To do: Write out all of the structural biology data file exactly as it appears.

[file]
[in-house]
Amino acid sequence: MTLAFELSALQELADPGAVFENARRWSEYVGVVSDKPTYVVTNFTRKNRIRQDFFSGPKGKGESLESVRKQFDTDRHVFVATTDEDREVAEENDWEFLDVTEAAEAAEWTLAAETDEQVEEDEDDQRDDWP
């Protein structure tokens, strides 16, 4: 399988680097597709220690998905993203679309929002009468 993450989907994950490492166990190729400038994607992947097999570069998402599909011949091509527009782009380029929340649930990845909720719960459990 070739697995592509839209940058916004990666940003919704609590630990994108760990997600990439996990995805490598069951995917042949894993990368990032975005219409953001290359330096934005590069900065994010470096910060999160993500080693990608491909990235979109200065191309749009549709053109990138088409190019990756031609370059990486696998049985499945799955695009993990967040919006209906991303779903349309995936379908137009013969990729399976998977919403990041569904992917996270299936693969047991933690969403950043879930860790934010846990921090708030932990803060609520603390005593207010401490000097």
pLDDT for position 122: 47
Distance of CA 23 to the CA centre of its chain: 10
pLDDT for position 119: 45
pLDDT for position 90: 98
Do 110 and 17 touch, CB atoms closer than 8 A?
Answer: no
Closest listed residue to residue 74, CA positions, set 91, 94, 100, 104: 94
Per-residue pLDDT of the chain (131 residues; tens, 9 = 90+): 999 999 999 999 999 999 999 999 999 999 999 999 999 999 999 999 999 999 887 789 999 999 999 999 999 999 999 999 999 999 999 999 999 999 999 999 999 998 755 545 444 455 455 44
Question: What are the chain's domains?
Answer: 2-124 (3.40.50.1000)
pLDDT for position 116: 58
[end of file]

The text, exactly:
[in-house]
Amino acid sequence: MTLAFELSALQELADPGAVFENARRWSEYVGVVSDKPTYVVTNFTRKNRIRQDFFSGPKGKGESLESVRKQFDTDRHVFVATTDEDREVAEENDWEFLDVTEAAEAAEWTLAAETDEQVEEDEDDQRDDWP
């Protein structure tokens, strides 16, 4: 399988680097597709220690998905993203679309929002009468 993450989907994950490492166990190729400038994607992947097999570069998402599909011949091509527009782009380029929340649930990845909720719960459990 070739697995592509839209940058916004990666940003919704609590630990994108760990997600990439996990995805490598069951995917042949894993990368990032975005219409953001290359330096934005590069900065994010470096910060999160993500080693990608491909990235979109200065191309749009549709053109990138088409190019990756031609370059990486696998049985499945799955695009993990967040919006209906991303779903349309995936379908137009013969990729399976998977919403990041569904992917996270299936693969047991933690969403950043879930860790934010846990921090708030932990803060609520603390005593207010401490000097």
pLDDT for position 122: 47
Distance of CA 23 to the CA centre of its chain: 10
pLDDT for position 119: 45
pLDDT for position 90: 98
Do 110 and 17 touch, CB atoms closer than 8 A?
Answer: no
Closest listed residue to residue 74, CA positions, set 91, 94, 100, 104: 94
Per-residue pLDDT of the chain (131 residues; tens, 9 = 90+): 999 999 999 999 999 999 999 999 999 999 999 999 999 999 999 999 999 999 887 789 999 999 999 999 999 999 999 999 999 999 999 999 999 999 999 999 999 998 755 545 444 455 455 44
Question: What are the chain's domains?
Answer: 2-124 (3.40.50.1000)
pLDDT for position 116: 58